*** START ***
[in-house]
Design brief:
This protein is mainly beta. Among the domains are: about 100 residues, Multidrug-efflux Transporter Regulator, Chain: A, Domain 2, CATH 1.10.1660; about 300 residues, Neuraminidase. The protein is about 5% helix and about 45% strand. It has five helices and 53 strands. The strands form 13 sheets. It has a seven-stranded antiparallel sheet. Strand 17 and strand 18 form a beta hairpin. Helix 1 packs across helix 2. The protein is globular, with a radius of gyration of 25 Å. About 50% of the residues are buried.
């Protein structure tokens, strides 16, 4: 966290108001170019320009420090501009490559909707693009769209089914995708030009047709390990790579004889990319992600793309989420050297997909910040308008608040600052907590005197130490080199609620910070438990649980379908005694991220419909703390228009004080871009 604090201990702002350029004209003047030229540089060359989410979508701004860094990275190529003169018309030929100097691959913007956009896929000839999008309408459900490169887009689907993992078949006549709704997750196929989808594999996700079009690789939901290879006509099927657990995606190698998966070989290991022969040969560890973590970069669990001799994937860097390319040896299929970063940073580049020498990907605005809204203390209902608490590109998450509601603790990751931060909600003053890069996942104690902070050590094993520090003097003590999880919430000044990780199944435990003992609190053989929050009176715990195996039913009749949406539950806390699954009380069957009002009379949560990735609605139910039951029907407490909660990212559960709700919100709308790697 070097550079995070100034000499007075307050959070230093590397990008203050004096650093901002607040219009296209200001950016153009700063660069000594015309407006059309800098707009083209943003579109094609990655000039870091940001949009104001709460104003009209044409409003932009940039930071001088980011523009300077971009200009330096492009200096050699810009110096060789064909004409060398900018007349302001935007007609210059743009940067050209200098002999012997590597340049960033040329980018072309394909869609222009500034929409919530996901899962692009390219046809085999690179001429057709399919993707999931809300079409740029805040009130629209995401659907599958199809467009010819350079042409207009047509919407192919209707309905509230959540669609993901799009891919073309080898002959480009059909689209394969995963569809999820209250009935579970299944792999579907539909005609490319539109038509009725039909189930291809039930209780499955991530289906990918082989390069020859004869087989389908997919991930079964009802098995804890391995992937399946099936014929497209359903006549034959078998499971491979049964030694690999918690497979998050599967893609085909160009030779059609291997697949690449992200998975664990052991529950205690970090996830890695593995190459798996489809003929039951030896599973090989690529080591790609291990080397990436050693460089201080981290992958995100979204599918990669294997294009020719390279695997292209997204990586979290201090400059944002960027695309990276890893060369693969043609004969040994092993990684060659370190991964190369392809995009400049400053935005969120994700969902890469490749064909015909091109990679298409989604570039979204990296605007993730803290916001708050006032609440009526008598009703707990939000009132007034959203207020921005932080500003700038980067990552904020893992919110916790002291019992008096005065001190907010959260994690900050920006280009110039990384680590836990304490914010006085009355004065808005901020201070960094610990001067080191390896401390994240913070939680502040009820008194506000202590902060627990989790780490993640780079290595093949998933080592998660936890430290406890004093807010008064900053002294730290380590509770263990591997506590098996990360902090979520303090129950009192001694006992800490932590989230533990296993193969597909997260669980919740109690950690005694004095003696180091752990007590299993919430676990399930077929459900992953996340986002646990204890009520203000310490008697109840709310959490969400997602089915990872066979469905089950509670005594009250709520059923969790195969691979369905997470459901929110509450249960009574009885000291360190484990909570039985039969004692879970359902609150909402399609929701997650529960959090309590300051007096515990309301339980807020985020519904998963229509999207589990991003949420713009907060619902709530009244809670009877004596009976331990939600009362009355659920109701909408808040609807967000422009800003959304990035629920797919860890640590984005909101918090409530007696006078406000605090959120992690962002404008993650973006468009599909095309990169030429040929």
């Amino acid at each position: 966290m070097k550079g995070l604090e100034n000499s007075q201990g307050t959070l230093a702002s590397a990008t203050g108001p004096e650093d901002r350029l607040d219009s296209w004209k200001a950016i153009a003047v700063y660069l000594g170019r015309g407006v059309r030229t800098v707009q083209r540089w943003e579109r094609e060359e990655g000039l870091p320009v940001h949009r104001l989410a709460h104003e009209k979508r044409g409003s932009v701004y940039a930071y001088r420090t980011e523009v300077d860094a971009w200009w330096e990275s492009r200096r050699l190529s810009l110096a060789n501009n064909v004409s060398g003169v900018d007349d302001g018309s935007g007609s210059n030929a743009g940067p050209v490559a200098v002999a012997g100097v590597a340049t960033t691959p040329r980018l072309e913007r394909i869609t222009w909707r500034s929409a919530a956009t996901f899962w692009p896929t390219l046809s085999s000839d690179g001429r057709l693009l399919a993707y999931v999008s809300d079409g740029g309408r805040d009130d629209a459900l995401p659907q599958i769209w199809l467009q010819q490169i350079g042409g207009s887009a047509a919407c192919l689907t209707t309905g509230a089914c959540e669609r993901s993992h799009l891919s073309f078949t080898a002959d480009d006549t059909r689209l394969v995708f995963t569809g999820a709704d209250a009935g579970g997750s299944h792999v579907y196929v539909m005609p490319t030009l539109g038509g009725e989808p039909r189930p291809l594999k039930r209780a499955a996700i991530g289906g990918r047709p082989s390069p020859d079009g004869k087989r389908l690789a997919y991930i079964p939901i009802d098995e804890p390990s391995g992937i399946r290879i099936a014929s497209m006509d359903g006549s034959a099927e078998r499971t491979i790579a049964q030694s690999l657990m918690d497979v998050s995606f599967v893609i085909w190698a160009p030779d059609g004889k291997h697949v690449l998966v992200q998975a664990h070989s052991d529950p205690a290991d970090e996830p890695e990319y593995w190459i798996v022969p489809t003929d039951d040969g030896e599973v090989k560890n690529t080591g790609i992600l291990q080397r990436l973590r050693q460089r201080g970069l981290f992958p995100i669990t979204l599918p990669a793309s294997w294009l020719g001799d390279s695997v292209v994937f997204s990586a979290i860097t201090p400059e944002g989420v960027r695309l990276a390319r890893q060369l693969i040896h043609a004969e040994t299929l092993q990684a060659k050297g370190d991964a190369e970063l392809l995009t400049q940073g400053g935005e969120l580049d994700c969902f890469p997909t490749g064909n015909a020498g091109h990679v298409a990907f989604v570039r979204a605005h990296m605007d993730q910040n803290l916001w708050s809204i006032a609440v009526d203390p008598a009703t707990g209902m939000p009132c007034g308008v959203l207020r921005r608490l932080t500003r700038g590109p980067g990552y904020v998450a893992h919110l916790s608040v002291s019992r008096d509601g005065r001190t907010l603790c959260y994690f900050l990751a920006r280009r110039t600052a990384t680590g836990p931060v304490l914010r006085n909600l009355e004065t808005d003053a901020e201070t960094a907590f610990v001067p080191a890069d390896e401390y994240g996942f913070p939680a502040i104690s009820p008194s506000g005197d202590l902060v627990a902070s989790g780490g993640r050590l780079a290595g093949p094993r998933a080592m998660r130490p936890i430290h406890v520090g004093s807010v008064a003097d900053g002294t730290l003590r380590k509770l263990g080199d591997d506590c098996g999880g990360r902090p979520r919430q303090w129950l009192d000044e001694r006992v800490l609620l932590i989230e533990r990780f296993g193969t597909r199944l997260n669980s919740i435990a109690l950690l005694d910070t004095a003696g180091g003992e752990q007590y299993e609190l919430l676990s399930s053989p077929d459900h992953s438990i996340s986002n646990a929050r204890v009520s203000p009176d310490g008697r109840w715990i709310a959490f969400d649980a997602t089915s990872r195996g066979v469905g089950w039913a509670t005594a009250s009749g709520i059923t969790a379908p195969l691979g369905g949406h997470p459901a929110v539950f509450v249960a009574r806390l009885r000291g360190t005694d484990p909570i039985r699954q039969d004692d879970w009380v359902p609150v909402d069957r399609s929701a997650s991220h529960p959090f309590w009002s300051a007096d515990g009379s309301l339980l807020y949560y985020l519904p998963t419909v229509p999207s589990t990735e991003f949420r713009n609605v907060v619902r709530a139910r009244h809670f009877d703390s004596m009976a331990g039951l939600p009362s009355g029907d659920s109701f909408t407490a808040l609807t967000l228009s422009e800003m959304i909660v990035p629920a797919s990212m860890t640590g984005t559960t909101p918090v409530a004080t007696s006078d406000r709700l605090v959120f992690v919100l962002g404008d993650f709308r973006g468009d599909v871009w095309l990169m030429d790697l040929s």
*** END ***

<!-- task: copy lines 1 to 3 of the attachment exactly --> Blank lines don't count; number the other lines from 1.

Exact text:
[in-house]
Design brief:
This protein is mainly beta. Among the domains are: about 100 residues, Multidrug-efflux Transporter Regulator, Chain: A, Domain 2, CATH 1.10.1660; about 300 residues, Neuraminidase. The protein is about 5% helix and about 45% strand. It has five helices and 53 strands. The strands form 13 sheets. It has a seven-stranded antiparallel sheet. Strand 17 and strand 18 form a beta hairpin. Helix 1 packs across helix 2. The protein is globular, with a radius of gyration of 25 Å. About 50% of the residues are buried.